If you have symptoms of UTI, it's important to tell your doctor. Some people insist that they have a UTI even when their urinalysis shows no signs of infection. In this case, it's important to know that the urinalysis is not a perfect test and may not show up any infection. The number range for WBCs is very wide (0-15), so even if your sample has low numbers it could still indicate an infection. Also keep in mind that most labs report results as "negative" or "positive" rather than giving actual counts; this makes it difficult for patients to interpret their own results accurately. We recommend talking with a medical professional about your concerns and getting more information about what the lab results mean for your health situation
Normally, there aren't any white blood cells in your urine. However, if you have a urinary tract infection (UTI) or kidney disease, it's possible for white blood cells to make their way into your urine.
In healthy individuals, bacteria and other organisms don't usually grow in the kidneys. So when you have a UTI or kidney disease and get tested for white blood cells in your urine, it means that something is disturbing the normal balance of microbes in those organs.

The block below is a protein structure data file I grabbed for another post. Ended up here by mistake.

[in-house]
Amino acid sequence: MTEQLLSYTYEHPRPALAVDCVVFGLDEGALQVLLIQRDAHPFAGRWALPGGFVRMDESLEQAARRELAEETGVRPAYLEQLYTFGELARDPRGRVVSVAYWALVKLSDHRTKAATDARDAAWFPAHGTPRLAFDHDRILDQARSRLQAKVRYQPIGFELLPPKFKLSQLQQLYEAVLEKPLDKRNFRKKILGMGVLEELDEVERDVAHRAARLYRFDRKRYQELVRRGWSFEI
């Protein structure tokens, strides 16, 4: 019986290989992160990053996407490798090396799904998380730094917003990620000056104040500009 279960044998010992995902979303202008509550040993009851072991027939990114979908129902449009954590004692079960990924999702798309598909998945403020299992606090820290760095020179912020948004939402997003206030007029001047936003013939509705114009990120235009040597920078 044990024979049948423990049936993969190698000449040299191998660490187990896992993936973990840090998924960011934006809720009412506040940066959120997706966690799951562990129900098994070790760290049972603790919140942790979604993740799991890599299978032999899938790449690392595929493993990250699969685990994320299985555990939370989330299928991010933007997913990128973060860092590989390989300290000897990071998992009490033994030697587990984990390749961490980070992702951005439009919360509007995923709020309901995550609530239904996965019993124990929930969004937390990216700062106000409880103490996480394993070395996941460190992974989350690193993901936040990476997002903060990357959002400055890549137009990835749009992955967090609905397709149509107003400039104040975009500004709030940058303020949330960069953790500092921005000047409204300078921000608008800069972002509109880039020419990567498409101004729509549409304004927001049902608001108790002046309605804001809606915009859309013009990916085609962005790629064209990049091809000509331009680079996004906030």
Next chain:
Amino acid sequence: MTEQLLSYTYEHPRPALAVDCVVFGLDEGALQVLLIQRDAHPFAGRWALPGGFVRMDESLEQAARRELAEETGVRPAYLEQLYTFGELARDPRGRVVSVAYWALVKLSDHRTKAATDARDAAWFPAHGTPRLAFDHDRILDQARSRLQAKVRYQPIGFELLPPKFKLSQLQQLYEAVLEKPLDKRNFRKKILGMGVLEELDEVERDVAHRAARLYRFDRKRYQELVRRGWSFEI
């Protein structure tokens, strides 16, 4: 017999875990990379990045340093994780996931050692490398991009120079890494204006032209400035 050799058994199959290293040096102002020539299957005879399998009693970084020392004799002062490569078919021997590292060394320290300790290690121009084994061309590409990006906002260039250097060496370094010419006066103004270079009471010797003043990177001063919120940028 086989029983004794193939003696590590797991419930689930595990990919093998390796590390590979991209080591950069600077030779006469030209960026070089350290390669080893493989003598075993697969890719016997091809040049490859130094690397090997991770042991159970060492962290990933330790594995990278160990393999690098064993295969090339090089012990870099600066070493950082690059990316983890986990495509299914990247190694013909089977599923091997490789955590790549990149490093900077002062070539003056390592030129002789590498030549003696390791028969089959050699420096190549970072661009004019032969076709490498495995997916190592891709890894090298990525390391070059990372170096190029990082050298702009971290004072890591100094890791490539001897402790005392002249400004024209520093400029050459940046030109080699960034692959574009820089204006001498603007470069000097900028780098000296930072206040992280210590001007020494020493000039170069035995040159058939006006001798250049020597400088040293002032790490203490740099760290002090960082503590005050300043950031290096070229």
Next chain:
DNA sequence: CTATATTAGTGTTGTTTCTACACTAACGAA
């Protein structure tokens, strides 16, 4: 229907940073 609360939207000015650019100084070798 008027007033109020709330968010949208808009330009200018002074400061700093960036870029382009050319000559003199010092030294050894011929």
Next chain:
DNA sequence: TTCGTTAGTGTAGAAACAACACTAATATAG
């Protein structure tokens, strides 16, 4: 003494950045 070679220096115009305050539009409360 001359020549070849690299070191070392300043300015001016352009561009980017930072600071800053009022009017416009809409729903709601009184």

If you have more than 3 to 5 WBCs in your urine, it could be a sign of infection. However, other factors besides infection can also cause a positive result.
Here are some of the possible causes:
If you have a kidney stone, it means that a piece of calcium has become lodged in your urinary tract. Kidney stones are generally composed of urine salts and minerals. The most common type is made up primarily of calcium oxalate, which forms when the chemical balance in your body becomes disrupted.
Kidney stones can range from the size of a grain of sand to as large as a golf ball. They can cause pain and bleeding in urine (hematuria), or blood in urine if left untreated.
A urinary tract infection (UTI) is an infection in any part of your urinary system -- kidneys, ureters, bladder and urethra. The term "urinary" means pertaining to urine. A UTI occurs when bacteria enters the urinary tract through the urethra and multiplies rapidly in the bladder or kidney.
Bacteria normally inhabit the gastrointestinal tract (the lower part of your digestive tract) and vagina but may sometimes enter the bladder or kidneys through a cut or by spreading from nearby skin infections or fecal matter on toilet seats.
Symptoms of UTI include:
Treatment for UTIs includes taking antibiotics prescribed by your doctor such as trimethoprim-sulfamethoxazole (Bactrim), cephalexin (Keflex), levofloxacin (Levaquin), nitrofurantoin monohydrate (Macrobid).
If you have urinary tract symptoms and a urinalysis shows 3-5 WBCs, it's important to tell your doctor so they can test for what's causing your symptoms.